Quite a few years back one of its most famous musical sons, dear old Roger Bullivant, said that Sheffield had the most active music scene outside of London – and he would have known!
Things have not changed, in fact the activity has increased, and over three days in October it will be rather uniquely publicly blowing its own trumpet!
Even Arts Council England was taken by the idea and provided funding when the website, Classical Sheffield, came up with the notion of a co-ordinated festival in venues around the city centre over a weekend.
The idea was that it would feature as many of the city’s music-making organisations as wished to be involved. ‘Feelers’ were put out to gauge interest and the response was overwhelming enthusiasm.
More than 30 of them, orchestras, ensembles, choral and operatic, are involved on Friday, the 23rd of October; Saturday the 24th; and Sunday, the 25th; most of them on the Saturday.
A detailed run-down would be turgid, especially as the who and the when can be found at www.classicalweekend.com
However, with some imaginative programming on offer, a few ‘sign-posts’ by way of what to expect seems apposite.
Such as on Saturday, for instance, with Bernstein’s Chichester Psalms from the Hallam Sinfonia, Hallam Choral Society and Tideswell Singers at Sheffield Cathedral between 12.30pm and 1pm.
Leaving time to get to the City Hall Ballroom to hear the Sheffield Philharmonic Chorus giving voice to Tippett’s five Child of Our Time spirituals, Tavener and Pärt: 1.30pm-2.15pm.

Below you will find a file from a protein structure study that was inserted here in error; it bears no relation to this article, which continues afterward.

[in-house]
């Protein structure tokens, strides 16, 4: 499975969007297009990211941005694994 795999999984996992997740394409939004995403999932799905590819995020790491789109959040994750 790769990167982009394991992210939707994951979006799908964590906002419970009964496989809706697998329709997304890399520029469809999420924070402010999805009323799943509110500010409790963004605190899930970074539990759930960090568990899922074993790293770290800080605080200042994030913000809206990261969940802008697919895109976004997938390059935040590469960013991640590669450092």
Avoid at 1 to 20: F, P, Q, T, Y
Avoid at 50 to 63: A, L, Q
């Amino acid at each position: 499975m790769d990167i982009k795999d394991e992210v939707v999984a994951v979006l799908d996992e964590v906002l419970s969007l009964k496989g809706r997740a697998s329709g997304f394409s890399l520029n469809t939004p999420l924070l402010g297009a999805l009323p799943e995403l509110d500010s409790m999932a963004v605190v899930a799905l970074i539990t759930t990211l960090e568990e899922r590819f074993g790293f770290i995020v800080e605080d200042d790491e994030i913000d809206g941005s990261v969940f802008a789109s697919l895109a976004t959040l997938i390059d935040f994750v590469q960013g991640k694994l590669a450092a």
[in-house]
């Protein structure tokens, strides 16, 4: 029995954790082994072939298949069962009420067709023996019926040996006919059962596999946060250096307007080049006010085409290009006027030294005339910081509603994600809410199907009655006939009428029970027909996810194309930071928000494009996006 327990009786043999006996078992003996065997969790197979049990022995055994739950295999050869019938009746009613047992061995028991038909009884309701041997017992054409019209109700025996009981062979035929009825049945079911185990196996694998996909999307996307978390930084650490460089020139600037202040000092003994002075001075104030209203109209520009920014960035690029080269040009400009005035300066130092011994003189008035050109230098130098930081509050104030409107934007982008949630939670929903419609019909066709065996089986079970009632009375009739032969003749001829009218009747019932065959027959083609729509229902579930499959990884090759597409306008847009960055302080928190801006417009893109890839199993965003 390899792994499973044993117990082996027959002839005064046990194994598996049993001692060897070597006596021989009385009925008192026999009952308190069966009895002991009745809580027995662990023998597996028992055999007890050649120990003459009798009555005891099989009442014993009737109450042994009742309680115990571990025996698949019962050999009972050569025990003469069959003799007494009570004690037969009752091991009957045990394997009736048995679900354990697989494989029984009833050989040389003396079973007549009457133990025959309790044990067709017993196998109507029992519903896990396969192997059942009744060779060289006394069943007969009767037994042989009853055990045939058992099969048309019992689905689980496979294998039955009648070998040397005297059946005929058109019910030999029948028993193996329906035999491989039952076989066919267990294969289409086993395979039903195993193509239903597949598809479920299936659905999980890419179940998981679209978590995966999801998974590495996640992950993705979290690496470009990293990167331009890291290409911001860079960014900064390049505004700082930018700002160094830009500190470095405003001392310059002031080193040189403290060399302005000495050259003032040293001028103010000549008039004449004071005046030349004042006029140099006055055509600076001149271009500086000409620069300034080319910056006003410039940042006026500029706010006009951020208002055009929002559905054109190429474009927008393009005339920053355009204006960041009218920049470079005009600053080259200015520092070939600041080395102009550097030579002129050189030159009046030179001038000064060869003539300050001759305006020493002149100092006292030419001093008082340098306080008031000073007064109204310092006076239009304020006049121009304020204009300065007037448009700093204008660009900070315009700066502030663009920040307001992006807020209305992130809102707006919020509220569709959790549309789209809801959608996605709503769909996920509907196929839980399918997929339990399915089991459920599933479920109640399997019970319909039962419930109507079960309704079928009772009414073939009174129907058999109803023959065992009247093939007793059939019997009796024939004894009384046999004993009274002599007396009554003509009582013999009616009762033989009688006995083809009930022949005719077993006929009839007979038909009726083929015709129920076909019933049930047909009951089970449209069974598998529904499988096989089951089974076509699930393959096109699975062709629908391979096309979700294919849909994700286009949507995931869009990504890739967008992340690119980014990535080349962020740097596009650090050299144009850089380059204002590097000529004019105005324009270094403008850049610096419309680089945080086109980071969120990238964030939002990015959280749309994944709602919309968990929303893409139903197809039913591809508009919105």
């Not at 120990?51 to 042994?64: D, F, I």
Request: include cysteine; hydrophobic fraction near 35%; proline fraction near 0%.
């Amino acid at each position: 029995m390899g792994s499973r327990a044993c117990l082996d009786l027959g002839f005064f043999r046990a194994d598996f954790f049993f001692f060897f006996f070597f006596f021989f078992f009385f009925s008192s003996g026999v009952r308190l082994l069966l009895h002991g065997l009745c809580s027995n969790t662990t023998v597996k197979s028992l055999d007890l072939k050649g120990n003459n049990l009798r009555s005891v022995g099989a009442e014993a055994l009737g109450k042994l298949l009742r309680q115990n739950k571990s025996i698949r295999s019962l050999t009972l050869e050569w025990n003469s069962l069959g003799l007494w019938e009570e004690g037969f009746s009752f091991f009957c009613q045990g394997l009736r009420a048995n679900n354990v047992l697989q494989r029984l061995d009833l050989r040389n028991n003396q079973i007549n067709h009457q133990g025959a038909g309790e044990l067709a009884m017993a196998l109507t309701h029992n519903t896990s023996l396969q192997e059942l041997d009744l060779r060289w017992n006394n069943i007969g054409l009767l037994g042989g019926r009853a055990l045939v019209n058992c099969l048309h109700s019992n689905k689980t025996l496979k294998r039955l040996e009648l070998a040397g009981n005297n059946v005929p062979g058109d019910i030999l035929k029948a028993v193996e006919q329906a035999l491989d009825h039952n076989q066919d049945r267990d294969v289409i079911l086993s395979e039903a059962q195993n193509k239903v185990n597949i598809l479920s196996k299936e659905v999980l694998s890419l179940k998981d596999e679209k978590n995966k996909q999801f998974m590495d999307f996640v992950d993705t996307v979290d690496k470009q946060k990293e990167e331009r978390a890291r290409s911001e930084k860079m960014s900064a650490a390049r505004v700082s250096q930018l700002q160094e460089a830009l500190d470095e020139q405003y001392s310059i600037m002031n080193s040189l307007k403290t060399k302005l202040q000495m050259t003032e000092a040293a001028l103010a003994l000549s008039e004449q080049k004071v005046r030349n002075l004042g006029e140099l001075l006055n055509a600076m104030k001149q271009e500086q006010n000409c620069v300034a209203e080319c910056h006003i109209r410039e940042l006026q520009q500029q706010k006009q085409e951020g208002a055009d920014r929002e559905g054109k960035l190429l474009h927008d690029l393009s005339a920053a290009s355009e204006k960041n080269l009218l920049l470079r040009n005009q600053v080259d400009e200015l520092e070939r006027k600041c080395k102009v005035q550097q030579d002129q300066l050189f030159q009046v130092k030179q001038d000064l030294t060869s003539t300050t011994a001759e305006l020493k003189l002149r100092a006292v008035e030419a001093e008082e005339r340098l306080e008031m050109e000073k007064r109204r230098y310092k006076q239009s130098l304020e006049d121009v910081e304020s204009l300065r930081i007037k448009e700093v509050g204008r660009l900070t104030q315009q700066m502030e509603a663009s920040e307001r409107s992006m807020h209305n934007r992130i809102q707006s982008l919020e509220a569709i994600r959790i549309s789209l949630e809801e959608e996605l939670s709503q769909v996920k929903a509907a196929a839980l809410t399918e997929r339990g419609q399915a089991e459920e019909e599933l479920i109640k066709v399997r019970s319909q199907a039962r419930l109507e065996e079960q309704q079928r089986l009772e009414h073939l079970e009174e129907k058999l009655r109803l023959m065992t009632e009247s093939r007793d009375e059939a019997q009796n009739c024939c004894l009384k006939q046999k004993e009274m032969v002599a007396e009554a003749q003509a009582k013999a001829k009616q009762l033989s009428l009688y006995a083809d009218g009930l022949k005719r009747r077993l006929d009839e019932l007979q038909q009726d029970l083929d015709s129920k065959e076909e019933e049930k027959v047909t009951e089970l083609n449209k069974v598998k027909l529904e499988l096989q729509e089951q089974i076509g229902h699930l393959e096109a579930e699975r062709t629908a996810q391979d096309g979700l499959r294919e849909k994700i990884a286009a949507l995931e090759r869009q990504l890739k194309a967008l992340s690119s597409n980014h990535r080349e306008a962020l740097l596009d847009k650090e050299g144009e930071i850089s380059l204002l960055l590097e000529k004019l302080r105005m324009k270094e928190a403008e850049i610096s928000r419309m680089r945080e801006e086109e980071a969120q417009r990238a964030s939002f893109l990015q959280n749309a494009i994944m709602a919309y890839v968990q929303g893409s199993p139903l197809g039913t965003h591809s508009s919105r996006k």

At the same venue: 3.30pm-6pm, ‘Sheffield Sings’, a collection of the city’s choirs, including the Bach Choir, Oratorio Chorus, Escafeld Chorale and Sterndale Singers, doing their own thing in approximately 25-minute slots.
Back over at the Cathedral, after the contemporaneous sounds of new music from Sheffield’s composer collective Platform 4: 4.45pm-5.30pm, those of North Indian Ragas are heard from John Ball and his Sheffield University Indian music ensemble: 6.30pm-7.15pm.
The decks are then cleared again to make room for the Sheffield Chamber Choir to perform Frank Martin’s splendid Mass for double choir: 8.30pm-9pm.
Meanwhile, earlier at the Crucible Studio, members of Ensemble 360 warm up for Dvořák’s Op 77 string quintet: 7.20pm-8.05pm, with some technically demanding music from the 20th century by Huw Watkins, Kurtág, Boulez and Bartók: 6pm-7pm.
As Dvořák wafts into the distance, Opera on Location move into the Studio: 8.30pm-9.15pm, with Menotti’s operatic 20-minute two-hander The Telephone and the much shorter one with four characters, A Hand of Bridge by Samuel Barber; plus his solo Knoxville of 1915.
Sheffield City Opera get in on the act on Sunday with excerpts from the company’s recent production of Massenet’s Cinderella (Cendrillon) at Sheffield Cathedral: 1pm-1.35pm.
Further operatic music is in the City Hall Ballroom soon after: 2pm-2.25pm, Kodály’s Háry János Suite, from the Sheffield Senior Schools Orchestra which remains in-situ to join to play Arturo Márquez’s Danzon No 2 with the Sheffield Symphony Orchestra before the latter takes on Mussorgsky’s Pictures at an Exhibition: 2.40pm-3.45pm.